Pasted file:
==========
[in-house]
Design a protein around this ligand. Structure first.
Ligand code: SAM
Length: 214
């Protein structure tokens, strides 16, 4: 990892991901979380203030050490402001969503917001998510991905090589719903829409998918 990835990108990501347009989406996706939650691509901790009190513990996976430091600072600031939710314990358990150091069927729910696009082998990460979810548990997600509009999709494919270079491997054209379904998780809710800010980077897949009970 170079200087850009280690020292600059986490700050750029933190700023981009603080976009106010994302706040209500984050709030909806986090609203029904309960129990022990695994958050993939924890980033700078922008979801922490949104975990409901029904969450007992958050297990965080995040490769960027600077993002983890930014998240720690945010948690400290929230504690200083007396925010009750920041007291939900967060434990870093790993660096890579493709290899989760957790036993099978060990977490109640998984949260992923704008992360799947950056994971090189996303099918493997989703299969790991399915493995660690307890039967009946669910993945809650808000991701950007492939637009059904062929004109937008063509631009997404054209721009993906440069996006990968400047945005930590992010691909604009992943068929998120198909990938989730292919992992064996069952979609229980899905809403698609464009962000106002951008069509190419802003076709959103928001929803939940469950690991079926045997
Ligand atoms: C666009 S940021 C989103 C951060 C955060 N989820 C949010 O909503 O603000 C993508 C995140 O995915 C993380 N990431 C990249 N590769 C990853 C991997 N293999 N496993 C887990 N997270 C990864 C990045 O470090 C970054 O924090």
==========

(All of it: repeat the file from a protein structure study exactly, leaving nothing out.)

[in-house]
Design a protein around this ligand. Structure first.
Ligand code: SAM
Length: 214
């Protein structure tokens, strides 16, 4: 990892991901979380203030050490402001969503917001998510991905090589719903829409998918 990835990108990501347009989406996706939650691509901790009190513990996976430091600072600031939710314990358990150091069927729910696009082998990460979810548990997600509009999709494919270079491997054209379904998780809710800010980077897949009970 170079200087850009280690020292600059986490700050750029933190700023981009603080976009106010994302706040209500984050709030909806986090609203029904309960129990022990695994958050993939924890980033700078922008979801922490949104975990409901029904969450007992958050297990965080995040490769960027600077993002983890930014998240720690945010948690400290929230504690200083007396925010009750920041007291939900967060434990870093790993660096890579493709290899989760957790036993099978060990977490109640998984949260992923704008992360799947950056994971090189996303099918493997989703299969790991399915493995660690307890039967009946669910993945809650808000991701950007492939637009059904062929004109937008063509631009997404054209721009993906440069996006990968400047945005930590992010691909604009992943068929998120198909990938989730292919992992064996069952979609229980899905809403698609464009962000106002951008069509190419802003076709959103928001929803939940469950690991079926045997
Ligand atoms: C666009 S940021 C989103 C951060 C955060 N989820 C949010 O909503 O603000 C993508 C995140 O995915 C993380 N990431 C990249 N590769 C990853 C991997 N293999 N496993 C887990 N997270 C990864 C990045 O470090 C970054 O924090």